Tips for First Time Dog Owners

Are you thinking of getting a puppy?  Or maybe you already have one? Well, you’re in for a wild ride with both ups and downs.  In this article, I’m going to share with you the reality (10 tips) of owning a puppy.

Reality 1: You will lose sleep

Sorry, I hate to tell you this, but if you think you’re going to get through potty training, sterilization surgery, the teething phase, or any possible illness, all without missing a night of good rest? That’s not happening. Your puppy can hold his bladder about an hour for every month of age. So that means if you are bringing home a puppy about 8 weeks old, he’s going to need to go out every 2 hours during the night! Even more frequently during the daytime. You’ll get more time between potty outings at night, and less time when he’s active and playing.

But new puppy parents usually need to go out at least 2 times at night at the beginning. Don’t worry, that gets better with time, training and maturity. The crate will be the best tool to help your puppy learn to hold his bladder longer. Now…There will surely come a time when your pup isn’t feeling well, has had a medical procedure like a spay or neuter surgery, or maybe has about of an upset stomach. These are all times when you’ll likely need to be more attentive, including in the middle of the night. Yeah, expect a little less sleep.

The good news is that as your puppy grows, he will better be able to sleep through any possible physical discomfort and hold his bladder until morning. Puppies usually start sleeping through the night around 14 weeks of age, but it really varies a lot on the dog and how much training you’re putting in. Remember that we don’t recommend puppies in a human bed until they are much older, and I think that having only one crate in a spot other than the bedroom is best. You can use a pet camera or baby monitor to hear when he is ready to go out.

Reality 2: You will have messes

Yep, your home will be the sight of lots of potty oopses, which is why we suggest you choose the flooring for your puppy pen carefully. We usually recommend a piece of linoleum or even a piece of plywood. Even if you have tile floors, the urine can soak into the grout and the smell remains. Remember that just because you can’t smell it, that doesn’t mean it doesn’t smell! Your dog can smell it! Definitely clean up all messes with enzymatic cleaners. And soft squishy areas are really just asking for trouble with a new puppy, so keep him off the carpet until he’s older. This means you may have to remove or pick up any area rugs including those by the kitchen sink or under the kitchen or dining room table. Another mess that is likely to happen is that puppies are also world-class chewers! I’m not kidding, if there was a chewing competition, puppies would win! If you give them access to all the things, they will likely chew them! This means furniture legs, baseboards, plants, shoes, gym bags, couches, curtains, you name it, they can and will chew it! This includes electrical cords, phone charging cords, and remote controls.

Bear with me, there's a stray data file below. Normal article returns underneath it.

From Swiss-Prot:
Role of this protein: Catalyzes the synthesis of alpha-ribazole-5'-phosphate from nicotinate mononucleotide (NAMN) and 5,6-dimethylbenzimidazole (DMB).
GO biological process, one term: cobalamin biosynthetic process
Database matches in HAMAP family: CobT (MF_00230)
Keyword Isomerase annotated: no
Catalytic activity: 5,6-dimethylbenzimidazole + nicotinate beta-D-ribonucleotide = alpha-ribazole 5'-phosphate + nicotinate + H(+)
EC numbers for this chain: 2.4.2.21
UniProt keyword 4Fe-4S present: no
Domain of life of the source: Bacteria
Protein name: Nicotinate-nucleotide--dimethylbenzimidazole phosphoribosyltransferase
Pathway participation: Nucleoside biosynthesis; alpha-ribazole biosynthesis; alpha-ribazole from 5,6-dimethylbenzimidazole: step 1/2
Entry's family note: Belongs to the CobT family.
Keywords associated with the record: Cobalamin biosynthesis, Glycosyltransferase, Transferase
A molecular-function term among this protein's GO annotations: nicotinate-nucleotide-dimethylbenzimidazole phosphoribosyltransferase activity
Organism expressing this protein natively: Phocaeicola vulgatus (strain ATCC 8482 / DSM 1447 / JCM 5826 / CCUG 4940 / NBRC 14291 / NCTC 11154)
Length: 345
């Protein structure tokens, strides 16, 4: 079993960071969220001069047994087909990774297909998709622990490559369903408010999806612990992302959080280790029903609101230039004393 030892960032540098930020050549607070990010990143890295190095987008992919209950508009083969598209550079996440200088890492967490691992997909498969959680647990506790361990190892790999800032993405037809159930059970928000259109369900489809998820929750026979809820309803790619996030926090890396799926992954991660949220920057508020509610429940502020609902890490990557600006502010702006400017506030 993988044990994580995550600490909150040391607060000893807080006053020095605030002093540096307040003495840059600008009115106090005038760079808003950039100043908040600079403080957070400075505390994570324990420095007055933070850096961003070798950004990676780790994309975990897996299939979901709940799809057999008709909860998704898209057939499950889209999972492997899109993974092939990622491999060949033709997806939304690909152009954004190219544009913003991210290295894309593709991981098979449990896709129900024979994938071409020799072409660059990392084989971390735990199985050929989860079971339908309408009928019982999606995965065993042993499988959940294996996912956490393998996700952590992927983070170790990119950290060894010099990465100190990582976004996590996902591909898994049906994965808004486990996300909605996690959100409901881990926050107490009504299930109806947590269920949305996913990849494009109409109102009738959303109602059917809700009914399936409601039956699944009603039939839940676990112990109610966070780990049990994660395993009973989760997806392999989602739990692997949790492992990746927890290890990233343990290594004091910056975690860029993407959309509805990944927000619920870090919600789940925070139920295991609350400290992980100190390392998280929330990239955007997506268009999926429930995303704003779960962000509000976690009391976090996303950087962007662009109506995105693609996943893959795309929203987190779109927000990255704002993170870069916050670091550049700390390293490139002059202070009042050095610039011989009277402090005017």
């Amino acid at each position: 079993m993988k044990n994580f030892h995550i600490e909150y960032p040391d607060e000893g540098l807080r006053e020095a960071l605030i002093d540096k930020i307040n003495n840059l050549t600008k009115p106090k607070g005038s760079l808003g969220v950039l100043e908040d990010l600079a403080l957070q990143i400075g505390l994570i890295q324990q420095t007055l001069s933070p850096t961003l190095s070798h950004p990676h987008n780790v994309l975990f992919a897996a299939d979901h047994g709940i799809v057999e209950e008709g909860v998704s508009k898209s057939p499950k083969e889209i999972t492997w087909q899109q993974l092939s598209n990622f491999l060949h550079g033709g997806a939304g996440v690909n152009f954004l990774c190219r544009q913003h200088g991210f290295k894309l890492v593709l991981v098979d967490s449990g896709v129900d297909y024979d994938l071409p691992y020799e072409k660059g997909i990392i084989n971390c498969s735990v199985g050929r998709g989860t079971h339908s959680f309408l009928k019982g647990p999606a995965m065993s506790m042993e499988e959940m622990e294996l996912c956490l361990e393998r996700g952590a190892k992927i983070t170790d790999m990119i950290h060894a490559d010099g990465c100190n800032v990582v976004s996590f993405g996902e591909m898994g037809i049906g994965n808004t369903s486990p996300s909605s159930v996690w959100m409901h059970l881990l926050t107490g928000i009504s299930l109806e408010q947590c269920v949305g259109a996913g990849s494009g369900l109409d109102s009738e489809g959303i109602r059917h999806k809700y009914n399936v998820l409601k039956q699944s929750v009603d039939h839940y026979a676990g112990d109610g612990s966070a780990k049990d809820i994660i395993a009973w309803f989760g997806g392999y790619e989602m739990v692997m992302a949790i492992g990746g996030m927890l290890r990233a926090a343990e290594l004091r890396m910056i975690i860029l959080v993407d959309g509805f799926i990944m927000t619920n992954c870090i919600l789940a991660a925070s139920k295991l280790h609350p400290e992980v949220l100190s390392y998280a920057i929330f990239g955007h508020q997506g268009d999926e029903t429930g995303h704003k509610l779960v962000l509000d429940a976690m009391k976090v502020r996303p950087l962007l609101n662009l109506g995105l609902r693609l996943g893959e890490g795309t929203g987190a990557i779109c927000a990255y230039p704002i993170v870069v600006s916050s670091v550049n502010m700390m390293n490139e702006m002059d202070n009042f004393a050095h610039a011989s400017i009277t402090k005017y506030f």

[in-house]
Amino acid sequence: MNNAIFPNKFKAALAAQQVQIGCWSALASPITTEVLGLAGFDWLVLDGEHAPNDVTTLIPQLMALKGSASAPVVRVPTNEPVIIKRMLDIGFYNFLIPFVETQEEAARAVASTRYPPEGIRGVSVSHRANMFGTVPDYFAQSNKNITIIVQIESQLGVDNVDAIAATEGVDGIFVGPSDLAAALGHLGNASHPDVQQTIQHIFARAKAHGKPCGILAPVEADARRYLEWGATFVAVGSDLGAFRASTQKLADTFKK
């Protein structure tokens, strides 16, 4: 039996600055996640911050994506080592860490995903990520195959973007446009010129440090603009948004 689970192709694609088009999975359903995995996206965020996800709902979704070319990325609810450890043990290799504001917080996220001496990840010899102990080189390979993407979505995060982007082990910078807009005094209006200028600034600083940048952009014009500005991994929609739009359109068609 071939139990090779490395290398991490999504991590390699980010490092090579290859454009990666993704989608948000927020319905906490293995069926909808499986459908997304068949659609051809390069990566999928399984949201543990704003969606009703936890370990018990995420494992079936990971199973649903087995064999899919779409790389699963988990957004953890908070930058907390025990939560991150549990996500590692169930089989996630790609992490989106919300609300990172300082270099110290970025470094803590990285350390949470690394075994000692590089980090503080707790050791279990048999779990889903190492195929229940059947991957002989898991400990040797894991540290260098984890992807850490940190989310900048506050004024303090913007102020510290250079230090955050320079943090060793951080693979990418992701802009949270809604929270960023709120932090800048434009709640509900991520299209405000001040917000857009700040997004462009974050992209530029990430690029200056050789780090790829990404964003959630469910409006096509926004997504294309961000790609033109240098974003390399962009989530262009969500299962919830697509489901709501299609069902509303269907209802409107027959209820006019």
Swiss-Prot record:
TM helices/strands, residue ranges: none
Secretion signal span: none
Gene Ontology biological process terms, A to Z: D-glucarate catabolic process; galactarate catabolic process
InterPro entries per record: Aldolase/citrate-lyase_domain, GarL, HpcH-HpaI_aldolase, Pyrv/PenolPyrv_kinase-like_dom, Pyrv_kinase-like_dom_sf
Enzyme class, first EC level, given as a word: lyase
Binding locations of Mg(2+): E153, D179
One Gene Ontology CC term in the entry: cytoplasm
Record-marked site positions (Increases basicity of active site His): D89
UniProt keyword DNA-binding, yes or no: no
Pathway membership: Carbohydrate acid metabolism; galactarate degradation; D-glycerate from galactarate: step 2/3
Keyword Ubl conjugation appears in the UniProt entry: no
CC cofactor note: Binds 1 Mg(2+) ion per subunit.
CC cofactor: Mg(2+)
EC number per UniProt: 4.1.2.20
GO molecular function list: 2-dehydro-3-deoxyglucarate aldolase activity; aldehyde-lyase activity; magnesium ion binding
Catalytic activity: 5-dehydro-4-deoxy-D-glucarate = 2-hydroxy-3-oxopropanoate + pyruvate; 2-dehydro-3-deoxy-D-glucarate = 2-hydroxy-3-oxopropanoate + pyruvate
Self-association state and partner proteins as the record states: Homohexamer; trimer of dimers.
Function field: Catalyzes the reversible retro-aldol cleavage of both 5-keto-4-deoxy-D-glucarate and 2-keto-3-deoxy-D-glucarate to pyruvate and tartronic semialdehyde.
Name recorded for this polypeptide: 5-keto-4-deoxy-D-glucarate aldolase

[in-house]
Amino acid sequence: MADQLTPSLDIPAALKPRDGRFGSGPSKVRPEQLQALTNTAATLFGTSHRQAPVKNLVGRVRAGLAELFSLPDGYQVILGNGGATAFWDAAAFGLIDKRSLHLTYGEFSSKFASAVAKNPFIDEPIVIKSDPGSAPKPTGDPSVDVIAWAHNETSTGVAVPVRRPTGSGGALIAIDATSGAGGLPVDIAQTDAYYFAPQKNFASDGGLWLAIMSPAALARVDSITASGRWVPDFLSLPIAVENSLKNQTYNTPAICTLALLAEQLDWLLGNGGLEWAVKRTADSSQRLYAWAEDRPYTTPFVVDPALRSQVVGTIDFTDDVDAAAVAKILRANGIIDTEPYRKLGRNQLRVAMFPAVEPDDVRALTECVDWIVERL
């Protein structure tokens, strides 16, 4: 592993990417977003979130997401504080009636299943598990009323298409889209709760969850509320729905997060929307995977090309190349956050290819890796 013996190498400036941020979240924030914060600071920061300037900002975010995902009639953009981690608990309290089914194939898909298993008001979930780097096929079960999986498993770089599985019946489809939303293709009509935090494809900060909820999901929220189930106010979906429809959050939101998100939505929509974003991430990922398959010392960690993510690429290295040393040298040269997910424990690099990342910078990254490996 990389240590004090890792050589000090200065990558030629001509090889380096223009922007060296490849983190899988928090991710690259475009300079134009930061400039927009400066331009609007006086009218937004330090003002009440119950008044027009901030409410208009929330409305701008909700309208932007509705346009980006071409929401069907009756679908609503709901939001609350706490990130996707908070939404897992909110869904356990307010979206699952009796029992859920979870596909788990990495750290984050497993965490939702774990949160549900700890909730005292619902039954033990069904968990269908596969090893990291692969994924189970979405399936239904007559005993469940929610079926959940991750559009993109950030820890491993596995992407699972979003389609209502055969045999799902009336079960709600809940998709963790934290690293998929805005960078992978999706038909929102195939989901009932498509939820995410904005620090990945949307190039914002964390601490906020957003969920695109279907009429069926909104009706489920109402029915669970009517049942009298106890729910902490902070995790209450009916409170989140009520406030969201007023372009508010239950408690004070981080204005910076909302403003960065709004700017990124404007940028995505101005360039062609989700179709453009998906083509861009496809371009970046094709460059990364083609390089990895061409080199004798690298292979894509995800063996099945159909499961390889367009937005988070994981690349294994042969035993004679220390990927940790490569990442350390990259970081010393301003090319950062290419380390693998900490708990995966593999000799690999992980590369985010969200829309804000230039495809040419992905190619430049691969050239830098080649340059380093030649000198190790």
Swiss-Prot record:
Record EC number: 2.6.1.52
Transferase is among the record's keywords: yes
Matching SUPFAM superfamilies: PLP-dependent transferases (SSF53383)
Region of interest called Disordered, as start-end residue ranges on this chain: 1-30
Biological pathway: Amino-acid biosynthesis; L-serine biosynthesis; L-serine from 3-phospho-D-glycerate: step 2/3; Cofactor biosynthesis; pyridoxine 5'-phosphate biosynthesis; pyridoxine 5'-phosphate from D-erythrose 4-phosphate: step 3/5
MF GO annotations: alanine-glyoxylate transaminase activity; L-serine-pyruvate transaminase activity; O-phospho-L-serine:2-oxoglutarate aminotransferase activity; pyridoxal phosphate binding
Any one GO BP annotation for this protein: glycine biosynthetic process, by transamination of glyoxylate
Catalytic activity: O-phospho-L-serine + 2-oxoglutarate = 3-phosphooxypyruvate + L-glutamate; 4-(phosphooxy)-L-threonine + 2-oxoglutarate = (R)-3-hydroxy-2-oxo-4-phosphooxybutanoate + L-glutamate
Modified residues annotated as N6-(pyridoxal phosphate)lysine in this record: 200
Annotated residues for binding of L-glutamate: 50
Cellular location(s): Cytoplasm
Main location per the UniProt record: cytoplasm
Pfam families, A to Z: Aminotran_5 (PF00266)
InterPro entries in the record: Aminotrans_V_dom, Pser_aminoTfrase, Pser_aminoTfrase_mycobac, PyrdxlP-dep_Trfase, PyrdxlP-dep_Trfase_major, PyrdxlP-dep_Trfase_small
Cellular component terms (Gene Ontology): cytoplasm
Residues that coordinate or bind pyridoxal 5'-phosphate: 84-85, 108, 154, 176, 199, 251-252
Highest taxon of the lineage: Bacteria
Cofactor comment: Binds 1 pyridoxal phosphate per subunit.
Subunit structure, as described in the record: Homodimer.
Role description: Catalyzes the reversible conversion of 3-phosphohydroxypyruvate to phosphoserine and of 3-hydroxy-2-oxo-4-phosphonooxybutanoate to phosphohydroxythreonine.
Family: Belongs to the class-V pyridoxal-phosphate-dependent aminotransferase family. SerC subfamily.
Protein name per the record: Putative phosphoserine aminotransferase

Reinforcement builds behavior and that means the more your puppy does it, the more it’ll keep doing it. Even if it’s the wrong thing. Especially if it’s the wrong thing, because that creates engagement from you. Do yourself and your puppy a favor – give him the RIGHT things to chew and restrict his access from the wrong things. Chewing isn’t a behavior we have to correct, it’s a behavior we have to REDIRECT.

reality 3: You will have inconveniences

You will have inconveniences of space. Yes, having a puppy can be an inconvenience – at least for a while! This means that you have to manage their space so you can better protect them and your household. Most people have to use some configuration of baby gates or a puppy pen, maybe blocking off stairs or an entire section of the house. This management of the environment will be there for a while so I would try to get the things that work the first time. Keep in mind that your puppy will get curious and might try to climb or move gates. Just like I said before, the more they do it – and succeed – the more they will try

it. I like to use this gate that has vertical bars that make it harder for your puppy to climb. In addition to gates, you’ll have to think like a puppy, and that means look at everything that is low to the ground; curtains, rugs, garbage cans, shoes, kids’ toys? They probably all need to be tucked away or up for a while. You can definitely train your puppy to leave them alone but while in training, it’s important that he doesn’t have access to them and accidentally reinforce the wrong behavior. We often say “manage the environment, not the animal”. Your puppy doesn’t know the difference between that Nyla bone and the kid’s Legos. It’s up to you to help him understand which one is better to chew on

Reality 4: You will be confused and misunderstand Him

Sorry, I hate to tell you that; you don’t speak the Puppy language!